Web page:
When Acevedo imagines the future of STEM, she sees millions of tech-literate girls and women working to make the world a better place, from "healing" the ocean to curing cancer to improving cybersecurity.
"Things are going to happen that we never imagined," she says.
That sense of wonder has marked Acevedo's life and career. Decades after her first Girl Scouts campout at Apodaca Park in Las Cruces, you can still hear the thrill in her voice as she describes the experience. She could ride her bike to the campout, so she decided to earn her bicycling badge for the occasion, which meant learning how to change a tire and memorizing traffic signals.
The one-night event marked the first time she slept in a tent, ate S'mores, and felt awestruck by the sky's constellations — or what she she describes as "diamonds on black velvet."
"I remember just, like, being mesmerized by the experience. How much more fun could I have?"
"I remember just, like, being mesmerized by the experience," she says. "How much more fun could I have?"
Acevedo's troop leader noticed her intrigue and shared the names of the constellations, including the Big and Little Dipper. If Acevedo were a superhero, this moment would mark the beginning of her origin story: girl marvels at universe, and though she's first reluctant to explore her superpower (engineering) because it's not what all the other girls are doing, she's encouraged by an elder (the troop leader who encouraged her to pursue a science badge) and never looks back.
Acevedo went on to work at NASA's Jet Propulsion Laboratory, where she developed algorithms, and separately, analyzed data from the Voyager's flyby of Jupiter. She ultimately spent much of her career on the marketing and business side of tech in roles at IBM, Apple, and Dell.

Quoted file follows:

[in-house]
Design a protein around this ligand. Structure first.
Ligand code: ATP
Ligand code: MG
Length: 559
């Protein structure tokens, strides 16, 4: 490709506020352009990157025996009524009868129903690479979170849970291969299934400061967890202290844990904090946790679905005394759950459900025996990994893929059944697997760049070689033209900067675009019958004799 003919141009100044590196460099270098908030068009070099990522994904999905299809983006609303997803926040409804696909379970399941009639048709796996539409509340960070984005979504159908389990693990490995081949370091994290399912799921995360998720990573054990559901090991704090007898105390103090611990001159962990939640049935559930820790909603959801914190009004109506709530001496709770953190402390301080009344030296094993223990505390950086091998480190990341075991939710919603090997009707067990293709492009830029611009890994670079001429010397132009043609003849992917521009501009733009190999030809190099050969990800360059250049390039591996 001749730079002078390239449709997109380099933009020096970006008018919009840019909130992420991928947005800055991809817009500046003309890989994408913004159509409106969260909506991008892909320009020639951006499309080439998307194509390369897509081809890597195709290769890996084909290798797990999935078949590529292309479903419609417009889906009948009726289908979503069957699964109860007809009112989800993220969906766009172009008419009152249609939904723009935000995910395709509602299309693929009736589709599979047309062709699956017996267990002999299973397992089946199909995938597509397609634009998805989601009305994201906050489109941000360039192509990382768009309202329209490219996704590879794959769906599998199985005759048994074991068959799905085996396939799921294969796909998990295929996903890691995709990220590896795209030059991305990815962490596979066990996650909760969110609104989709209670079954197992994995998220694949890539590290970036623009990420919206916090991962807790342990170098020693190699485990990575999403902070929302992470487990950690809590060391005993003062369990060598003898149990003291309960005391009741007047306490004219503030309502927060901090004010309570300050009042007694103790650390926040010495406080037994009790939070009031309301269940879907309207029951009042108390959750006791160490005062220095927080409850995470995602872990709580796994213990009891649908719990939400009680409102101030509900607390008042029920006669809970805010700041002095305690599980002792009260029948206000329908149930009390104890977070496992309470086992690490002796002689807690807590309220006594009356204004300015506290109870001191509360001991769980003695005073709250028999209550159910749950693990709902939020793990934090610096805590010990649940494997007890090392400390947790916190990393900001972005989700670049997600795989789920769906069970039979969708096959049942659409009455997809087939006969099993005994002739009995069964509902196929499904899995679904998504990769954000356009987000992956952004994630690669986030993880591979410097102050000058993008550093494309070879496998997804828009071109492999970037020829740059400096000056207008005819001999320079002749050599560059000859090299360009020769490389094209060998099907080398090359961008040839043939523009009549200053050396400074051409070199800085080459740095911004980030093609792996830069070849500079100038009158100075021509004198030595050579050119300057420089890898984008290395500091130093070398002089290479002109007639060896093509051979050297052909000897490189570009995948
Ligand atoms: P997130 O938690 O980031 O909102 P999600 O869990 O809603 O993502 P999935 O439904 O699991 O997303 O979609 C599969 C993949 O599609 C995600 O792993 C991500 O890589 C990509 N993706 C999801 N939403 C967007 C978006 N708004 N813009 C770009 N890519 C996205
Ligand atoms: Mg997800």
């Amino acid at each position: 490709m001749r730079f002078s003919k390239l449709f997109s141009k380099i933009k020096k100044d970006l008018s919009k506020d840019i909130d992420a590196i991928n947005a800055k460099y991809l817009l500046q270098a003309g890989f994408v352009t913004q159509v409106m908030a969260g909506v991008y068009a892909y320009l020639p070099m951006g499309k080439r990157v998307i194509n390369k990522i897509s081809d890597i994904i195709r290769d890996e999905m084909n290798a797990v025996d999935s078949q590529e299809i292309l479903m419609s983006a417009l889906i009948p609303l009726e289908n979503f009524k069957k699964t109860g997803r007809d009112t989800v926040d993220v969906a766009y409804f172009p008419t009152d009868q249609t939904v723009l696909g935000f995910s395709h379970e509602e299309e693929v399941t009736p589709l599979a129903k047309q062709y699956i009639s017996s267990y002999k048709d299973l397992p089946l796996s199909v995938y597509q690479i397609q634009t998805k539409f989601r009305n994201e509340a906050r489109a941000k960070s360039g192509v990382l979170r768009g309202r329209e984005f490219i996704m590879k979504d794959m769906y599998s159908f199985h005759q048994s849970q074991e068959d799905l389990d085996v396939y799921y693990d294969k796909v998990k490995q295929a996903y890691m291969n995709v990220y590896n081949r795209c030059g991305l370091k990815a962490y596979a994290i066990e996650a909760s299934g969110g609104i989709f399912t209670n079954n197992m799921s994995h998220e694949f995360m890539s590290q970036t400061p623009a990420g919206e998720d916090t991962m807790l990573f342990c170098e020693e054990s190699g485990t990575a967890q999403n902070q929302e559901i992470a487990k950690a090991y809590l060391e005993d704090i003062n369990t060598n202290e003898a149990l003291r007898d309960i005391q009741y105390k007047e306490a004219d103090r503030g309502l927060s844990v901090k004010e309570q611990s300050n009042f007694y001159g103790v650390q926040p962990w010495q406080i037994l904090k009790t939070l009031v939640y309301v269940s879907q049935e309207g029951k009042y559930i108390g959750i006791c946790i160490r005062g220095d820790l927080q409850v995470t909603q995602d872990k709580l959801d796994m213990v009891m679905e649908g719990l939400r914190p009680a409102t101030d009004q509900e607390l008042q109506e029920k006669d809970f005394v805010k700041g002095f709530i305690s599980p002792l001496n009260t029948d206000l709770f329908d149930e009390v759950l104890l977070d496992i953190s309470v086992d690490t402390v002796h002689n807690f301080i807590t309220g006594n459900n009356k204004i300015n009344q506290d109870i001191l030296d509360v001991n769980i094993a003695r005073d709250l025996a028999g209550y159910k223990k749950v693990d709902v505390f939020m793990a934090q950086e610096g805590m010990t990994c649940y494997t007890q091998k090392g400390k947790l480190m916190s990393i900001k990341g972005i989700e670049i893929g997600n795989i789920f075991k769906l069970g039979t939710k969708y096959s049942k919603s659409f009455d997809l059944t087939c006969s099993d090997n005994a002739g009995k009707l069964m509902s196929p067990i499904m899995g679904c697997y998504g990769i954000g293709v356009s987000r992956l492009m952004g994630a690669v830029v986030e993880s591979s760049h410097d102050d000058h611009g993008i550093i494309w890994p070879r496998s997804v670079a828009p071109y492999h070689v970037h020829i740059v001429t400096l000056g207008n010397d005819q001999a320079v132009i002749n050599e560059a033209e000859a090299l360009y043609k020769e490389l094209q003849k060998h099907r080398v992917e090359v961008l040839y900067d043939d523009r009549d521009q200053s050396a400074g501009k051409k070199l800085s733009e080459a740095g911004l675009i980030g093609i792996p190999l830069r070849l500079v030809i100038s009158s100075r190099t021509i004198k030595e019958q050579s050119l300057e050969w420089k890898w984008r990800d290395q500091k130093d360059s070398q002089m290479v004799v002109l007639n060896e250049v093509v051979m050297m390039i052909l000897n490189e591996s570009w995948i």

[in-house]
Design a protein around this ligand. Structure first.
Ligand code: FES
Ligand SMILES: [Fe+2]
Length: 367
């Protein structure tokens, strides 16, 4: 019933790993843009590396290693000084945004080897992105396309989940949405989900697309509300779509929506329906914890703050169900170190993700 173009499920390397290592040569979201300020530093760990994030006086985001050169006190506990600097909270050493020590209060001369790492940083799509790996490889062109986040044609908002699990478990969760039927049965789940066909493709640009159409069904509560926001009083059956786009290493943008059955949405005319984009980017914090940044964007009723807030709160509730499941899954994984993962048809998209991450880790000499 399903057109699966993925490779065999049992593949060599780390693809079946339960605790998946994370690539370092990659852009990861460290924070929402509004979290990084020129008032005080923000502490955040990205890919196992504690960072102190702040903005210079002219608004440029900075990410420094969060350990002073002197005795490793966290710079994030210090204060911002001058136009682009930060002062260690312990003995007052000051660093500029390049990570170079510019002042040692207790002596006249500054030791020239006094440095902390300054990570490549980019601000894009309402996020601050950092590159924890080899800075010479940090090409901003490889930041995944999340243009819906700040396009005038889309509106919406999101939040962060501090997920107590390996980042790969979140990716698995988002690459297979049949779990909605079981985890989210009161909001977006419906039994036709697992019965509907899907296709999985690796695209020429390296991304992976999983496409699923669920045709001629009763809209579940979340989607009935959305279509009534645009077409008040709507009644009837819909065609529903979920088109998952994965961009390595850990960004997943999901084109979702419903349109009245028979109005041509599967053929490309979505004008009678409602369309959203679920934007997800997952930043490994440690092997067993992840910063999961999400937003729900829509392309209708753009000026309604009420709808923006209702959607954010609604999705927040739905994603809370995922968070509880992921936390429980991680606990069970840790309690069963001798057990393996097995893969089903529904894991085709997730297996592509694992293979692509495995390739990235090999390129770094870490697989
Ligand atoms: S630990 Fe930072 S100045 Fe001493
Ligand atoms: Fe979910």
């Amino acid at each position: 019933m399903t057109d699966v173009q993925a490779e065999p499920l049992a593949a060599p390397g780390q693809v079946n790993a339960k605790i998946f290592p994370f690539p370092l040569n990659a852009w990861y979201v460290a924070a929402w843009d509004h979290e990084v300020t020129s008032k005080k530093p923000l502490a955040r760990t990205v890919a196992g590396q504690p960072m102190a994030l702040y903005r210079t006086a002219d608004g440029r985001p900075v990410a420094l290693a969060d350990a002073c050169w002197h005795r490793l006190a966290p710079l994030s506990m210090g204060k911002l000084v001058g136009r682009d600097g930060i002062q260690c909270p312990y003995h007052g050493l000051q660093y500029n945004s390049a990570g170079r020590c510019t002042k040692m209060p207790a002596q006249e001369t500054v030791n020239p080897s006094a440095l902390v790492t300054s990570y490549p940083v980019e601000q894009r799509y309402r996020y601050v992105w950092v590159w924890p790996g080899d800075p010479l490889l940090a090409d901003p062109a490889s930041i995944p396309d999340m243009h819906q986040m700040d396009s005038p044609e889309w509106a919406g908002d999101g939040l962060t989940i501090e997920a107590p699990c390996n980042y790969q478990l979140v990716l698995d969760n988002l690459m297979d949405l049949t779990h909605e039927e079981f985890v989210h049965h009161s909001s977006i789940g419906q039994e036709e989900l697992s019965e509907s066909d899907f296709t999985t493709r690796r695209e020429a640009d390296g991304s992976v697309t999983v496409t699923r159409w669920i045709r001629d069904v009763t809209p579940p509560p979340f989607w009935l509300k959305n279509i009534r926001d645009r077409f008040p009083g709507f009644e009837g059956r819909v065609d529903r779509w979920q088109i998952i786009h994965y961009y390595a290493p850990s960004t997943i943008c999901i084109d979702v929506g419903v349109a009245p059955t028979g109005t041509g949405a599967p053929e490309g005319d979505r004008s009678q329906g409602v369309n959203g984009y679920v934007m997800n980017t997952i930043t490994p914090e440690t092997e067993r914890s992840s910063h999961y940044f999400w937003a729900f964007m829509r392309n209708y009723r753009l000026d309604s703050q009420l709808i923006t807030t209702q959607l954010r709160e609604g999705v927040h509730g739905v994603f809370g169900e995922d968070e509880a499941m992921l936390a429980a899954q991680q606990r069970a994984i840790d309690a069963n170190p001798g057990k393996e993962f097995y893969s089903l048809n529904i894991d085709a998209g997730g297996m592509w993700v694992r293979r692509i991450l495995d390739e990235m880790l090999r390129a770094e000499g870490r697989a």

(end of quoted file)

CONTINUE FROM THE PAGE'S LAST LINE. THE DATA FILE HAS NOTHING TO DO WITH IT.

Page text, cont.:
Now, everywhere she looks in Girl Scouts programming, there's a STEM tie-in. Pools have underwater robotics activities. Girls who take up archery will also learn how to calculate arc, velocity, and trajectory.
The group's badges increasingly reflect the STEM focus as well. The Girl Scouts introduced 23 STEM and outdoor badges this year. Cybersecurity and space science badges will roll out over the next two years. The $70 million pledge includes plans to build regional STEM centers of excellence across the country.
"Girls' imagination and potential will be unleashed," Acevedo says.
— Girl Scouts (@girlscouts) November 13, 2017
Anika, a 17-year-old from from Cupertino, California, is one of those girls. (Girl Scouts doesn't disclose members' last names for safety reasons.) When she was a Brownie, boxes with different science projects would arrive for her troop. That fostered her interest in STEM. So did entering into a First Lego League competition with her troop, and later, meeting with Silicon Valley executives as a Girl Scout.
Anika was at Dreamforce when Acevedo made a surprise visit to more than a dozen Girl Scouts learning to code. They gathered around her, visibly awed by her celebrity.
Acevedo handed out her coveted "CEO patch," which features symbols and images that sum up her life experience: Sigma because she loves numbers, Infinity to honor infinite potential, and Jupiter, the subject of her work at NASA's Jet Propulsion Laboratory. But Acevedo didn't just explain all of this to the scouts. Instead, she quizzed them. Hands shot up in the air, and the girls eagerly identified Sigma, Infinity, and Jupiter.
— Girl Scouts (@girlscouts) November 8, 2017
"Before I met her, I knew the basic information," Anika says about Acevedo's background. "But to see this patch and see an actual role model who’s had a career in [STEM] despite many obstacles ... She's taking her time to make an impact on future generations of girls. It enforced my determination to pursue a career in STEM."
That's exactly what Acevedo wants. Despite a lifetime of personal success, she's not content unless she's able to "give a hand back" to help another girl or woman succeed — a core Girl Scouts philosophy.
"We just don’t want her to learn a skill — she has to do something to improve the world with it," Acevedo says. "That’s what being a Girl Scout is all about."